Sale is expected to return in the first half. J.D. Martinez, an MLB All-Star his first two years in Boston before struggling in the pandemic-shortened 2020 season, is also under contract for at least one more year.

And the Red Sox have plenty of salary flexibility gained in the deal that sent Betts and Price to Los Angeles.

Cora replaced John Farrell as Boston’s manager after the team twice finished last under Farrell, despite winning the 2013 World Series with him. With Cora at the helm in 2018, the Red Sox raced to a 108-54 regular-season record and an easy win in the AL East. They led the majors with a .268 team batting average and 876 runs scored.

Boston then dominated the postseason with an 11-3 mark, posting wins over the Yankees and Astros in the AL division and championship series, respectively, before defeating the Dodgers in the World Series.

The Red Sox couldn’t sustain 2018’s success in Cora’s second season, finishing 84-78 and third in the division, 19 games behind the Yankees.

Cora, who worked as an ESPN analyst before leaving for the Astros, played 14 MLB seasons, including parts of four seasons with the Red Sox, winning the 2007 World Series with Boston. He also played for the Dodgers, Cleveland Indians, New York Mets and Texas Rangers before finishing his career with the Washington Nationals in 2011.

Ronald Acuna Jr. Earns Second Career Silver Slugger Award

There’s certainly a silver lining for Ronald Acuna Jr. 

The 22-year-old Venezuelan professional baseball player is among four Atlanta Braves players to earn Silver Slugger Awards, which were unveiled Thursday by Major League Baseball in honor of the best offensive players at every position in each league.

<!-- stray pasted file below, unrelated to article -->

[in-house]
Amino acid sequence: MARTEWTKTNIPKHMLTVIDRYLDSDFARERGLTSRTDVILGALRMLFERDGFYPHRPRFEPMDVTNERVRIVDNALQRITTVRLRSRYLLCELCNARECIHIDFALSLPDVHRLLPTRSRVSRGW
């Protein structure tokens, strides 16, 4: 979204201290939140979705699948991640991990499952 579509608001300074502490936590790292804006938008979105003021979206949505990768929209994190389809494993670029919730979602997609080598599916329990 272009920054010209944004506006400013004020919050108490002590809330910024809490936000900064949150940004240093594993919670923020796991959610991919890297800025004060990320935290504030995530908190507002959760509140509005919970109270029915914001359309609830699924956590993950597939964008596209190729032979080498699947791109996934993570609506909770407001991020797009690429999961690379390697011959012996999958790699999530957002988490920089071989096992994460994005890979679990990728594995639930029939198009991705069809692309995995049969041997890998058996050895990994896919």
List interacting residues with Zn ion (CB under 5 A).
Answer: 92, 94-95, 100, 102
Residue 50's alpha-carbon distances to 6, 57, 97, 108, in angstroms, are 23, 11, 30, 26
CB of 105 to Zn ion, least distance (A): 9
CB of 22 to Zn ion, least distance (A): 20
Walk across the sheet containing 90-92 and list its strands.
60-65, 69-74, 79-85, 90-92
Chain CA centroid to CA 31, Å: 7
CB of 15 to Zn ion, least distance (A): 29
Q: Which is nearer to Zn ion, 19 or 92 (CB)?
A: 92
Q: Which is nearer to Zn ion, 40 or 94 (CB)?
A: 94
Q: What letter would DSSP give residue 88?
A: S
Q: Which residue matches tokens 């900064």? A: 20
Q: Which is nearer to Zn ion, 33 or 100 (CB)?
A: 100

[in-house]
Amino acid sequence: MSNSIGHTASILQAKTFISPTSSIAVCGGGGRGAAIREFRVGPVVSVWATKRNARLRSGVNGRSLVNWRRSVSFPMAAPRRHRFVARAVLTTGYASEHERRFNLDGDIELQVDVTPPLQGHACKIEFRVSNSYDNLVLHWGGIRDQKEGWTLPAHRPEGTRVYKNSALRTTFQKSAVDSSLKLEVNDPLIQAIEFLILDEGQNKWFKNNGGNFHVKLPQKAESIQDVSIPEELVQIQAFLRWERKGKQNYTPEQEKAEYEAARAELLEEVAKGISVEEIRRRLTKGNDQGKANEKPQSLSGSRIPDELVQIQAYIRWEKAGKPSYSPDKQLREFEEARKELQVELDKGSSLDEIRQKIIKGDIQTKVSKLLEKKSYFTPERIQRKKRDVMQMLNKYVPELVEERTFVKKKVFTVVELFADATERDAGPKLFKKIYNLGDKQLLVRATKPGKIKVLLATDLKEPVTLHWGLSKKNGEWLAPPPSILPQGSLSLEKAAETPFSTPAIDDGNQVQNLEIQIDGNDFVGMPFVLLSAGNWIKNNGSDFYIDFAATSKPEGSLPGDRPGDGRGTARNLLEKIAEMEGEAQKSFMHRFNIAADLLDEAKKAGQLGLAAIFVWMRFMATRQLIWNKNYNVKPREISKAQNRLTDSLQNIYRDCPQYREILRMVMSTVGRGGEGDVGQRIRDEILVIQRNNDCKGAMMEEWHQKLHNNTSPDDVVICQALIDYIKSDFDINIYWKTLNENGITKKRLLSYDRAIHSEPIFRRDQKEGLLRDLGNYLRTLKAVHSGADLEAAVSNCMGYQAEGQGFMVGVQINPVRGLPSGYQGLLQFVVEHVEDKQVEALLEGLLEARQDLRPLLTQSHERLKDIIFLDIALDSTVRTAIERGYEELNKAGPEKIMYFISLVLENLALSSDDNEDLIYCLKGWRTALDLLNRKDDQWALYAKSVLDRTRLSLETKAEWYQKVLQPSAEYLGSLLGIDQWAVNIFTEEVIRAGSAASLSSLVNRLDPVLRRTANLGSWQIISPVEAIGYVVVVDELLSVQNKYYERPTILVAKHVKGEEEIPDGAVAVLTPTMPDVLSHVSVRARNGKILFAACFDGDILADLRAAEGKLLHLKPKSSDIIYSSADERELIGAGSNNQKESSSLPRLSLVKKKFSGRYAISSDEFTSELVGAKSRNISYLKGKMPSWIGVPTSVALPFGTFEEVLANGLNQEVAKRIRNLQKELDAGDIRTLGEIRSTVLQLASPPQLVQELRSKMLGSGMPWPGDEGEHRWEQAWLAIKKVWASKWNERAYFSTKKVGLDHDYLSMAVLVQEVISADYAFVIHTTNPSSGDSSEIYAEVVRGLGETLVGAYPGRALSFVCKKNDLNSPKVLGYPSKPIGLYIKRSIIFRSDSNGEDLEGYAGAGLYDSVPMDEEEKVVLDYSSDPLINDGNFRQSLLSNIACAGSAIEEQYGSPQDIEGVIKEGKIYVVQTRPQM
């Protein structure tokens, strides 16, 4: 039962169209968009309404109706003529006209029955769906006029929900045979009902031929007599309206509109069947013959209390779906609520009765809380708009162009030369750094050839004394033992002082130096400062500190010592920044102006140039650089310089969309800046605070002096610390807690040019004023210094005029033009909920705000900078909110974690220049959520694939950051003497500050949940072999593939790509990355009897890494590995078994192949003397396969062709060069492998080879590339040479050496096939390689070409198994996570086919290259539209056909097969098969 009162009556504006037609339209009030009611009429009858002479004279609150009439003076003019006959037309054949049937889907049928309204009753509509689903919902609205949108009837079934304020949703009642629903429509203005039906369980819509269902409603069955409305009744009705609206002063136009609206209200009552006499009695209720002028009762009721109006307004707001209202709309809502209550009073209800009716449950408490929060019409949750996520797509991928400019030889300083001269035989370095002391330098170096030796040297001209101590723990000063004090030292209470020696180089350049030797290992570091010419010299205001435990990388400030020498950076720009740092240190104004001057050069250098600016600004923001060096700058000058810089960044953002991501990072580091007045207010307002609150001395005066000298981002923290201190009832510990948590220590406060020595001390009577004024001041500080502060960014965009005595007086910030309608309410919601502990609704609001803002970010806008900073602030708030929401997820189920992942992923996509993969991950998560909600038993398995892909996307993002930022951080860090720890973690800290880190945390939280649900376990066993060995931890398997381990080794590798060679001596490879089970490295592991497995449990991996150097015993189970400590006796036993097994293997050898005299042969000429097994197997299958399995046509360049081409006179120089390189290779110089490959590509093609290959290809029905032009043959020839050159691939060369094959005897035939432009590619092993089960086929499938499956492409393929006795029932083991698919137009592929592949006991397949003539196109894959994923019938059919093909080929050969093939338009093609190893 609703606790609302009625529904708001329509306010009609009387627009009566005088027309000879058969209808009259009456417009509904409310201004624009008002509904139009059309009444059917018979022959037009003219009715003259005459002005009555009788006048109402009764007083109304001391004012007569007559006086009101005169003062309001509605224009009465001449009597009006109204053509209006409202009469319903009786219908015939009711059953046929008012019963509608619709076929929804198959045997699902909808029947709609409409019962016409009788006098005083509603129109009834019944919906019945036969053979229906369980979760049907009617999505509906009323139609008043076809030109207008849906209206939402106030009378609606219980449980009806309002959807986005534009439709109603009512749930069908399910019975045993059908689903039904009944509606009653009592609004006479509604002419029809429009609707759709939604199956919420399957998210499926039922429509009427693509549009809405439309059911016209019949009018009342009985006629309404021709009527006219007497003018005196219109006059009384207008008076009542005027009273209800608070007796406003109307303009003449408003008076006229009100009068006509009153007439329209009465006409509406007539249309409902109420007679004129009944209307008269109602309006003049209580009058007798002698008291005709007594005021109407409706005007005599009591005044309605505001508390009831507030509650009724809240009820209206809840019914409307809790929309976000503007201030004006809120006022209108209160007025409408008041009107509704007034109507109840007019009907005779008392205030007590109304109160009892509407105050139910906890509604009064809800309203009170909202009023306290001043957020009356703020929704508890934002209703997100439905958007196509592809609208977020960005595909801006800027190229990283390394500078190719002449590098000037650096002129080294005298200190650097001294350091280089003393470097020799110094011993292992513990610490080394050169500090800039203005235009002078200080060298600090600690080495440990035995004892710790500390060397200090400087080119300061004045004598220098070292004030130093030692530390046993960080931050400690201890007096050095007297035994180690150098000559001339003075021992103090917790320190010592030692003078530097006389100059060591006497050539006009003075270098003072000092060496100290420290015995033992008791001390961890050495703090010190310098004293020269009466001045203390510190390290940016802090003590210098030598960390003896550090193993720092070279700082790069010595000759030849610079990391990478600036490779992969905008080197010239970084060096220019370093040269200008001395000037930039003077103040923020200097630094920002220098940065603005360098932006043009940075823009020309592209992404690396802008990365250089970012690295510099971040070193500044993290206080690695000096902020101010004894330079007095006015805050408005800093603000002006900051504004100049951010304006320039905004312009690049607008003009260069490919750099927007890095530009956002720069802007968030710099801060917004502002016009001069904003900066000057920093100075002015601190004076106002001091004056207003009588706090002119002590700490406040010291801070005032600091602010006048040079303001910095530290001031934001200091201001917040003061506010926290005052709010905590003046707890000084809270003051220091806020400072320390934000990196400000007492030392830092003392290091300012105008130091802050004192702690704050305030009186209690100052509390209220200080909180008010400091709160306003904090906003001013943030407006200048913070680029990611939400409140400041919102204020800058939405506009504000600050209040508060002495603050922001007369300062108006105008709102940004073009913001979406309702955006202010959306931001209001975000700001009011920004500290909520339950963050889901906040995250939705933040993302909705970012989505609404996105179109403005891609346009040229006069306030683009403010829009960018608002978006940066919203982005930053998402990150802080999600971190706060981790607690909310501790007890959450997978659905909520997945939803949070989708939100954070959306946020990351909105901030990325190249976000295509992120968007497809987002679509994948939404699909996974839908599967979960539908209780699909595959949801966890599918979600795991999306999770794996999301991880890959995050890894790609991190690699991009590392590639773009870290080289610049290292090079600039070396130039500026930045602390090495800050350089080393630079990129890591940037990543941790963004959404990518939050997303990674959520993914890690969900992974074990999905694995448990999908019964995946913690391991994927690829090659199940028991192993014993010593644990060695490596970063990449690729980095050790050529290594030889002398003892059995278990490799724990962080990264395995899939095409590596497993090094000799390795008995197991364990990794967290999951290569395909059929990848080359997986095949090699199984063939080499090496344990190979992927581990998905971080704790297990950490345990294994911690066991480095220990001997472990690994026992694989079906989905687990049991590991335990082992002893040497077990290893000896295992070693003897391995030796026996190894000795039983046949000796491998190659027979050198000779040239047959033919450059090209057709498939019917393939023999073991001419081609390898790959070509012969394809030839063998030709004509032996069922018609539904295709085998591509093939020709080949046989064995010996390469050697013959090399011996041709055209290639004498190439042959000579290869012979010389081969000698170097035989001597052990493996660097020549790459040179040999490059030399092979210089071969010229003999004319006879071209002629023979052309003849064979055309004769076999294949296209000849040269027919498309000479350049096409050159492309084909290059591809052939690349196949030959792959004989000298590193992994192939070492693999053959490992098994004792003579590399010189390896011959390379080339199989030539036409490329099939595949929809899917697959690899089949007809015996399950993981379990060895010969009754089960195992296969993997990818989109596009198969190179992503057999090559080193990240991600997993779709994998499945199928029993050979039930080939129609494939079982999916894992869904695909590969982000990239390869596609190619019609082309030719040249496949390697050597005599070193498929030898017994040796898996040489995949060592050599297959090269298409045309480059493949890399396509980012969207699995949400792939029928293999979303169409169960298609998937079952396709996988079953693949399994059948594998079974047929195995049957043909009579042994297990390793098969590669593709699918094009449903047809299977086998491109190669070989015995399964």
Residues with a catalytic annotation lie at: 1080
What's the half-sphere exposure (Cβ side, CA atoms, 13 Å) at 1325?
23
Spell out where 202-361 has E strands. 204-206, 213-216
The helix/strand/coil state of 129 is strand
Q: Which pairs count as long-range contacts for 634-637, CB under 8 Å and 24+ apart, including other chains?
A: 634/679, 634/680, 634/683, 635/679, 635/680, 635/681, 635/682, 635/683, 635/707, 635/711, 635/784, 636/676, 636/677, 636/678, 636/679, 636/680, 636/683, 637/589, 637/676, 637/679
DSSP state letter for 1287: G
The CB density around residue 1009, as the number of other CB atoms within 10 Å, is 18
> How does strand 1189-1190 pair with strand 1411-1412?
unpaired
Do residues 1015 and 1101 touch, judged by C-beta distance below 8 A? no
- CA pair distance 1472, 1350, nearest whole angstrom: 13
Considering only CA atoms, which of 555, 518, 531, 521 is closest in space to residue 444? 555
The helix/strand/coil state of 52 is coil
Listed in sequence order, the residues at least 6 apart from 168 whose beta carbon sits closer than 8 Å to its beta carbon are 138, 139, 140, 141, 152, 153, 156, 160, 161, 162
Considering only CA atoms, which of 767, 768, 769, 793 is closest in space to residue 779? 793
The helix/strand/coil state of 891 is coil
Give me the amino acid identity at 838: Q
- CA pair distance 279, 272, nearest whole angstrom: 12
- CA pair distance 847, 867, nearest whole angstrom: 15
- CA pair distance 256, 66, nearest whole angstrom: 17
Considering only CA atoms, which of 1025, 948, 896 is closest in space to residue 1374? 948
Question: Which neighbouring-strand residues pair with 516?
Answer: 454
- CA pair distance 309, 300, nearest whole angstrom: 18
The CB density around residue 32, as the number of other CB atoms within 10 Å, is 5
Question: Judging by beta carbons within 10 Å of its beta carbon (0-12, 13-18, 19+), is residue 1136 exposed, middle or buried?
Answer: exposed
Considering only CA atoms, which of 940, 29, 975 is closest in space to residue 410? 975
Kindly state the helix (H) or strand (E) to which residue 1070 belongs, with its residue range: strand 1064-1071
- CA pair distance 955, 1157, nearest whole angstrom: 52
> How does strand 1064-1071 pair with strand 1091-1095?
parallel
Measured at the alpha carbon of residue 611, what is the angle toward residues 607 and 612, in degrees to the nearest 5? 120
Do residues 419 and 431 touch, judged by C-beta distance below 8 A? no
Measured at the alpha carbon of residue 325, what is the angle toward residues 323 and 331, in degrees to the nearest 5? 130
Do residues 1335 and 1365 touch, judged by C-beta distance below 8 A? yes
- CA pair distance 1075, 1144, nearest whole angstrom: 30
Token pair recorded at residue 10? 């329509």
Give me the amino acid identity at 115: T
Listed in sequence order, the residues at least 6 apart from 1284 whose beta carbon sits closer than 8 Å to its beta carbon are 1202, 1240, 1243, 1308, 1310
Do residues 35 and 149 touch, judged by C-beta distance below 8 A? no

Ronald Acuna Jr. 

Winning from the Braves were Acuna Jr., Freddie Freeman and Marcell Ozuna, who each won the award for the second time, and first-time winner Travis d’Arnaud.

The Chicago White Sox led the American League with three Silver Sluggers: shortstop Tim Anderson, left fielder Eloy Jimenez and first baseman Jose Abreu, who won the award for the third time after batting .317 with 19 home runs and 60 RBIs.

It was the first honor for both Anderson and Jimenez.

Los Angeles Angels star outfielder Mike Trout received his eighth Silver Slugger Award after batting .281 with 17 home runs and 46 RBIs this season.

2020 Silver Slugger Winners

POS. AL NL
C Salvador Perez, Royals Travis d’Arnaud, Braves
1B Jose Abreu, White Sox Freddie Freeman, Braves
2B DJ LeMahieu, Yankees Donovan Solano, Giants
SS Tim Anderson, White Sox Fernando Tatis Jr., Padres
3B Jose Ramírez, Indians Manny Machado, Padres
OF Mike Trout, Angels Juan Soto, Nationals
OF Eloy Jimenez, White Sox Mookie Betts, Dodgers
OF Teoscar Hernandez, Blue Jays Ronald Acuna Jr., Braves
DH Nelson Cruz, Twins Marcell Ozuna, Braves

Minnesota Twins designated hitter Nelson Cruz, New York Yankees second baseman DJ LeMahieu, Cleveland Indians third baseman Jose Ramirez, Kansas City Royals catcher Salvador Perez and Toronto Blue Jays outfielder Teoscar Hernandez rounded out the American League winners.

World Series champion and Los Angeles Dodgers star Mookie Betts, Washington Nationals outfielder Juan Soto, San Francisco Giants second baseman Donovan Solano and San Diego Padres teammates Fernando Tatis Jr. and Manny Machado completed the National League list.

Selections are based on a combination of offensive stats, including batting average, on-base percentage and slugging percentage, in addition to the managers’ and coaches’ views of a player’s overall offensive value.